Monday, November 12, 2012

Is Swedish Swimming a Mess?

Swedish Swimming needs to get it's act together
Over at my favorite Danish Swimming blog today they have an interview with Simon Sjodin. Luckily for readers of this blog, it is in English. Sjodin made news at home and abroad when a petition was started to get him on the Swedish Olympic team after he was left off the team despite achieving a FINA "A" standard (he was a 1:59.4 in the 200 IM that he had not tapered for thinking qualifying was assured). Sjodin's plight, however, is just one symptom of a disastrous era of mismanagement in Swedish swimming.

There was a time in the not so recent past when Swedish swimming was the juggernaut of Scandinavia. At the 2000 Olympics, the country of 9 million people hauled in an impressive four medals on the backs of stars Lars Frolander (gold in 100 fly) and Therese Alshammar (silver in both the 50 and 100). Their fourth medal came on a relay, which only points to their impressive depth beyond the efforts of Alshammar.

Since then, there has been no shortage of talent in Sweden, but results have been hard to come by. Their team has been shut out of the medal count in the subsequent three Olympics. Stefan Nystrand looked like he was going to vie for sprint glory in 2007 but fell off almost as soon as he improved. Emma Igelström burst onto the scene, dominating 2002 World's SC in breaststroke before winning European gold in a faster time than Leisel Jones, Amanda Beard or Megan Jendrick recorded that year. She ultimately retired due to a battle with bulimia nervosa. Even heading into the 2012 games, Sweden had a junior star on par with Missy Franklin in Sarah Sjostrom, but she finished the meet with a disappointing 4th in the 100 fly as her highest finish. 

Among the other signs that point to a bad situation in Sweden: the flight of swimmers to the US to train at colleges. I know because I coach two athletes from Sweden: when they reach the end of high school there is little hope for the future. The federation had one half of the equation that they needed for success: high standards. Yet they were missing the other crucial half- actually developing athletes to get over that high standard. I'll give two examples from my personal experience:

The first swimmer I recruited from Sweden was Anton Lagerqvist. Prior to arriving on campus, he had won the Swedish LCM 200 breaststroke handily. Yet, when he did so, he was coming off a summer where he had seemingly been tapered for once a month, month after month, in order to make an international qualifying standard that was three seconds faster than he had swam in a bodysuit the year before. There was no cohesive long term strategy- just see if he pans out and if he doesn't move on to the next. If there's anything to be learned from what is taking place in neighboring Denmark and the Faroe Islands its this: there is simply not enough junior talent in these tiny countries to try a strategy of attrition.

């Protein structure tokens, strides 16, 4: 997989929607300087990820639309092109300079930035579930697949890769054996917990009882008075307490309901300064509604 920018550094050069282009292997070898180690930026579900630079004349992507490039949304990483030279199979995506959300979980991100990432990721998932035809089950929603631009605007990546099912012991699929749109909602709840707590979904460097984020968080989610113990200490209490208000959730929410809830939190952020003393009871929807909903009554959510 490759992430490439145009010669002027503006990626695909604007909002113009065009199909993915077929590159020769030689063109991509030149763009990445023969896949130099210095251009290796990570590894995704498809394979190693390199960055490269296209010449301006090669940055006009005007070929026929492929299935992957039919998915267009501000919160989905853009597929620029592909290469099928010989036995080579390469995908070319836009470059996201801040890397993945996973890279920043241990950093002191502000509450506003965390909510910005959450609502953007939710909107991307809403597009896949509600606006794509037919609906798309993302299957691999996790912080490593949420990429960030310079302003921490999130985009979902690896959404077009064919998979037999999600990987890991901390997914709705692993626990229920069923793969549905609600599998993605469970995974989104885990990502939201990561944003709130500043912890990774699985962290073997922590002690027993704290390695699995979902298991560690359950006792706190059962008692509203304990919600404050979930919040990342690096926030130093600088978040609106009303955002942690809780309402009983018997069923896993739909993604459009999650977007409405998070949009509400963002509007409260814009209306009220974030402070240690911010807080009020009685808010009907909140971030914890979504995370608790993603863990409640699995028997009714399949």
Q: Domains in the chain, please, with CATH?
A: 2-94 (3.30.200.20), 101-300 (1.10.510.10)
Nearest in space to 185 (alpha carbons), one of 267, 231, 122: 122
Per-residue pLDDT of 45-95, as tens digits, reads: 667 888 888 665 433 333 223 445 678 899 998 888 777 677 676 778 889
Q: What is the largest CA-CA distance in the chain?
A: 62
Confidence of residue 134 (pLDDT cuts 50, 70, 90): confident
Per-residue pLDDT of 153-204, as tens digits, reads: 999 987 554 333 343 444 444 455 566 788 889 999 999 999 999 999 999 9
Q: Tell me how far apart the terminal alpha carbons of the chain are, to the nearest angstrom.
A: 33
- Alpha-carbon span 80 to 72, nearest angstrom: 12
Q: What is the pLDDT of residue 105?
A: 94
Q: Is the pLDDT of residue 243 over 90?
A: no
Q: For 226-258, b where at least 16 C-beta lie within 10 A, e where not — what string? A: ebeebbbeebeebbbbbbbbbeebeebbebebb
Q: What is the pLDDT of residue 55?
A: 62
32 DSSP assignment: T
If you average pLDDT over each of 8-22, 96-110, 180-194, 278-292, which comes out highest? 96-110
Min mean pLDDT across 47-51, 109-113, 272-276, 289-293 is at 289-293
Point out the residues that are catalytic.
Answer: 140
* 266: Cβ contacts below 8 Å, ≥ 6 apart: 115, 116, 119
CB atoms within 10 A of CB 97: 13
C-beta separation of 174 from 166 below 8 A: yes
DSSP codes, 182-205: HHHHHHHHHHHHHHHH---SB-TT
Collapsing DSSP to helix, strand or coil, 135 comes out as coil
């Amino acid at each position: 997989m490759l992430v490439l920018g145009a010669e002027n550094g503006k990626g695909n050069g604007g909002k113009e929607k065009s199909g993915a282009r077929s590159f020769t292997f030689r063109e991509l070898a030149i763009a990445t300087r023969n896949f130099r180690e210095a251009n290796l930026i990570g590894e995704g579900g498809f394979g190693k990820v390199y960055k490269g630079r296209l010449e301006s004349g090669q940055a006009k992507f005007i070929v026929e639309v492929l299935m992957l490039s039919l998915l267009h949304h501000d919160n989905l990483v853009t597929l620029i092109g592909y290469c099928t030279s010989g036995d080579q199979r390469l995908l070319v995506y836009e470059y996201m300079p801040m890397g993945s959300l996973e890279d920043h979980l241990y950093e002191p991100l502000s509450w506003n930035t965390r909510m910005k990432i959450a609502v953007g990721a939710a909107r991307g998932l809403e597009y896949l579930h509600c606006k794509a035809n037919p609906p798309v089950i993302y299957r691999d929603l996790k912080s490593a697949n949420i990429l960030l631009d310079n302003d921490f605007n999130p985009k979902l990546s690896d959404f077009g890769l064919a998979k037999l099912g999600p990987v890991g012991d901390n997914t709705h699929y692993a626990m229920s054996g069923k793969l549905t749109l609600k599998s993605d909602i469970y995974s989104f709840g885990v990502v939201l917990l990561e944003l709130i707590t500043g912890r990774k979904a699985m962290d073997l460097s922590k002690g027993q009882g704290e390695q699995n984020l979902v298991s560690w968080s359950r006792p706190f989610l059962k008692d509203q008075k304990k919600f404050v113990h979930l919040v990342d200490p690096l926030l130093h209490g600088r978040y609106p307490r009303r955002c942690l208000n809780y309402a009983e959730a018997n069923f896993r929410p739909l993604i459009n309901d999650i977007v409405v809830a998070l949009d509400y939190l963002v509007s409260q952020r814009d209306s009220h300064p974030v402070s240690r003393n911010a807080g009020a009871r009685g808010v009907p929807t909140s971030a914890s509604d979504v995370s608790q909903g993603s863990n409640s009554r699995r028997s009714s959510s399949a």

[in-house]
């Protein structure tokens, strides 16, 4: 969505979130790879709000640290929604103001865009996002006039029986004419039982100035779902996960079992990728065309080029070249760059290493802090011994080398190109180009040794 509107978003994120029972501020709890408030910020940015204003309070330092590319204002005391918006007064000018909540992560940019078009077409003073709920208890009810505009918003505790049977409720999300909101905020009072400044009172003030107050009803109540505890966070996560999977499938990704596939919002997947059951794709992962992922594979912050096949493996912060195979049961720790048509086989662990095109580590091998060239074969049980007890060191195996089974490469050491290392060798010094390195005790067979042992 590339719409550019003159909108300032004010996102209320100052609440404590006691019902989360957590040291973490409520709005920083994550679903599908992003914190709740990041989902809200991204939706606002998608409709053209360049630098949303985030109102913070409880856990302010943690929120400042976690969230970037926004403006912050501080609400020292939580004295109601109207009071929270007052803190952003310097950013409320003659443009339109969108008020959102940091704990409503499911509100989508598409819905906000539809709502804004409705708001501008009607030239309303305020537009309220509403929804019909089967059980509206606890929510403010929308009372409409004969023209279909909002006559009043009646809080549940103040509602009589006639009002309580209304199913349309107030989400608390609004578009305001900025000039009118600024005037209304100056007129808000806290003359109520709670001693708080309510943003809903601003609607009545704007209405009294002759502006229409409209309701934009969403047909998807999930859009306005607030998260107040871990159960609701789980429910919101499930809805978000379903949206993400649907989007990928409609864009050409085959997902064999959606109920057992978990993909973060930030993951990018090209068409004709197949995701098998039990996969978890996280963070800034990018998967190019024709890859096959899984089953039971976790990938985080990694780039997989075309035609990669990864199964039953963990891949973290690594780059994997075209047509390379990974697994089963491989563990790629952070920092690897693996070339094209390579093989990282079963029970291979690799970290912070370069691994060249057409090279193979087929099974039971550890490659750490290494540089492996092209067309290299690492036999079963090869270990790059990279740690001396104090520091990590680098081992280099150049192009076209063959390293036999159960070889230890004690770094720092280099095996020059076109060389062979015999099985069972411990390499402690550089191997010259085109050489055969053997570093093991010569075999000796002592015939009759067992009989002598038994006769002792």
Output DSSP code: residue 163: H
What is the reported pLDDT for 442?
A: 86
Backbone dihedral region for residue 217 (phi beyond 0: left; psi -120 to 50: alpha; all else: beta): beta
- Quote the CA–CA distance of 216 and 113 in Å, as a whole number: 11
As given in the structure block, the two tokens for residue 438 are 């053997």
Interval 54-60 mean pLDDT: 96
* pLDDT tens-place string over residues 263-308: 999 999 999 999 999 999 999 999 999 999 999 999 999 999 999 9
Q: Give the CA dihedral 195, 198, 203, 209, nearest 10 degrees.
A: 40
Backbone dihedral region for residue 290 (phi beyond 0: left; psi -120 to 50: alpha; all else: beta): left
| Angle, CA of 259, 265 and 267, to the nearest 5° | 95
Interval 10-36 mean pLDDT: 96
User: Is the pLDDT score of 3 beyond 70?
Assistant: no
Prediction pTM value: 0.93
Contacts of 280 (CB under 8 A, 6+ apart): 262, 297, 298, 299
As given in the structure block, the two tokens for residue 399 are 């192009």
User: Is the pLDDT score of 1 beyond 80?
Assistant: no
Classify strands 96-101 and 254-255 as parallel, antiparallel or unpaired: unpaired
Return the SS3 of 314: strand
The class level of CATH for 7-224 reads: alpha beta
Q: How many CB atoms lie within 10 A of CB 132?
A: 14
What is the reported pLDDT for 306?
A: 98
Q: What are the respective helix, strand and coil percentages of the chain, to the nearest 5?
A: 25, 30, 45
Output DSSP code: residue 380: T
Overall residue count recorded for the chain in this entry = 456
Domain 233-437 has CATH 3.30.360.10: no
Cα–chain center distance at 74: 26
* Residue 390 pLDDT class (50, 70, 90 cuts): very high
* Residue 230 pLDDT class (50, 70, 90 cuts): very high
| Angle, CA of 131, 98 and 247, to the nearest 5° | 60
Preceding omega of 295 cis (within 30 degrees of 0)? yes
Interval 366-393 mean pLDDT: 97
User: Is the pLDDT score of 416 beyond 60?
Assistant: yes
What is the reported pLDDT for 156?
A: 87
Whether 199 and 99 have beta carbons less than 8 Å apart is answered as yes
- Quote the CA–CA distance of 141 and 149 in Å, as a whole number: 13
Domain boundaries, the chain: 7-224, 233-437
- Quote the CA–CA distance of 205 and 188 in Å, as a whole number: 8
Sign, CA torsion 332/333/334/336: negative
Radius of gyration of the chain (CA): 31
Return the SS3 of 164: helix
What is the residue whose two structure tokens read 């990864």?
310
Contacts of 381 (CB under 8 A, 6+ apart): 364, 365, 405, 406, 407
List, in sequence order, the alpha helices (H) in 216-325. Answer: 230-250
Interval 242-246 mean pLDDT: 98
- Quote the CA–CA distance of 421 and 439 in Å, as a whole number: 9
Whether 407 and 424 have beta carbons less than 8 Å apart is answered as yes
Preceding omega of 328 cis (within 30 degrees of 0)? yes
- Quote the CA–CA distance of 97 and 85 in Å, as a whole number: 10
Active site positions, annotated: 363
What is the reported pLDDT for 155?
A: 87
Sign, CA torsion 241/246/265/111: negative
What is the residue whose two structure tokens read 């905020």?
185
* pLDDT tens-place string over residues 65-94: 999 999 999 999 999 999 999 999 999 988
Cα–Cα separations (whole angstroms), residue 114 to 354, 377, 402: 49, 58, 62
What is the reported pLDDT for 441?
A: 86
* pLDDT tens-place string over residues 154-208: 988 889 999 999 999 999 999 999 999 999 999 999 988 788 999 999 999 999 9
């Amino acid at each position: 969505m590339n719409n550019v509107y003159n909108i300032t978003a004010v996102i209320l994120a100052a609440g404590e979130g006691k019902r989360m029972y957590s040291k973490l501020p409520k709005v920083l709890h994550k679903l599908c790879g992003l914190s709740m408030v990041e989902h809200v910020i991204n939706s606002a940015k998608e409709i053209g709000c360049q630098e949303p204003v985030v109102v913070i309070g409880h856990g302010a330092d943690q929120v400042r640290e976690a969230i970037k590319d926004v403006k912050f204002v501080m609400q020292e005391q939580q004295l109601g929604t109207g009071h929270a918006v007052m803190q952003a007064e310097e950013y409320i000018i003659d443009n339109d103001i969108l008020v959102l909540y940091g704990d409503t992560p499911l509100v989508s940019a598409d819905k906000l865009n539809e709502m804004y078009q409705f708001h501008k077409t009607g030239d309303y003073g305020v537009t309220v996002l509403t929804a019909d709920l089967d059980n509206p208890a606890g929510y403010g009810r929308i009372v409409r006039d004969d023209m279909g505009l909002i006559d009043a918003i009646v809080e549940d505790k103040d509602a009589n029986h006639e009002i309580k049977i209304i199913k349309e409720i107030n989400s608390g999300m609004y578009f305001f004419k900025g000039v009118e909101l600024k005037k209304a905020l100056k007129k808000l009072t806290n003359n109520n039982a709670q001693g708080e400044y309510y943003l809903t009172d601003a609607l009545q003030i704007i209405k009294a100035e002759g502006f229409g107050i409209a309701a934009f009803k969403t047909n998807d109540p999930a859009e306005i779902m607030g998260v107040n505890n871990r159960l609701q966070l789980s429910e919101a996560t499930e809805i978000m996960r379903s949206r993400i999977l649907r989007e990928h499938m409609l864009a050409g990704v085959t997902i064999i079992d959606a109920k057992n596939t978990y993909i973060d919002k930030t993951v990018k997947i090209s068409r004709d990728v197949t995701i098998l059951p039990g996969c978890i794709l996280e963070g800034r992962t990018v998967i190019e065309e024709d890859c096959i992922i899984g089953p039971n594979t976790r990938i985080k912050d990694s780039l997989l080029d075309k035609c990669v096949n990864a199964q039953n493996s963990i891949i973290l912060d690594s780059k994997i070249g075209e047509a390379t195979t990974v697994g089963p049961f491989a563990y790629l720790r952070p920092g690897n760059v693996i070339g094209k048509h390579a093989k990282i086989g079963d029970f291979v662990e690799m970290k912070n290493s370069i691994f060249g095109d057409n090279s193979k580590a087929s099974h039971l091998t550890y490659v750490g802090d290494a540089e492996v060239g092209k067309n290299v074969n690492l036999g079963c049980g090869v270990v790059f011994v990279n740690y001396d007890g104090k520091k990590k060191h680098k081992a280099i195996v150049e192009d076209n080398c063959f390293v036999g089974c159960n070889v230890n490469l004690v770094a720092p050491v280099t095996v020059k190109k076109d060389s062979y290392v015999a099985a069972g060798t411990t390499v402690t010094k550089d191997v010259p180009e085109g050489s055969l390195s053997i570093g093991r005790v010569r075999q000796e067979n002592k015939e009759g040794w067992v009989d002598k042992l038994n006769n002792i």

The second swimmer I coached from Sweden started this year, Mats Westergren. Again, despite good age/group junior performance, Mats was fairly despondent about his future in Swedish swimming. In 2011 he set the Swedish age group record (16-17 year old) in the 200 free. The next summer, he was present with the scenario for qualifying for Sweden's European Junior squad: beat your own record in your first LCM competition of the year. Two failed attempts later he was selected anyway, but his chances for excelling on a fast approaching third taper were far diminished.

Which brings us full circle to Sjodin. Swimming Sweden informed him just two weeks before the qualifying period ended that he would have to improve his time by over a second or be left off the team. A frequent misperception about small country Olympic qualifying is that it is easy because, of course, you just have to beat a smaller talent pool. While athletes that represent a country like Sweden are usually somewhat slower than say, the American squad, they are often give rigorous time standards far above being just the fastest domestically. Those in charge of selecting the squad likely looked at the Olympic slate and calculated almost no chance for Sjodin to medal at the meet, thus decided to leave him home. That might sound fair until you consider that they selected many others with similar chances to advance or medal onto the squad. When countries decide not to send one of their best swimmers, they also need to consider whether they are creating a hopeless psychology within their own country. How many young Swedish swimmers dream of making the Olympic team after seeing what happened to Sjodin? How many will give up instead?

To compound (or solve) the whole mess, Greg Salter was sacked as Swedish National Team Coach in the months before the Olympics. The results spoke for themselves: he had to go. However, Sweden has now been for months a nearly rudderless ship. Are the problems of Swedish Swimming something that new leadership can overcome or do they go even higher than that? Only time will tell.

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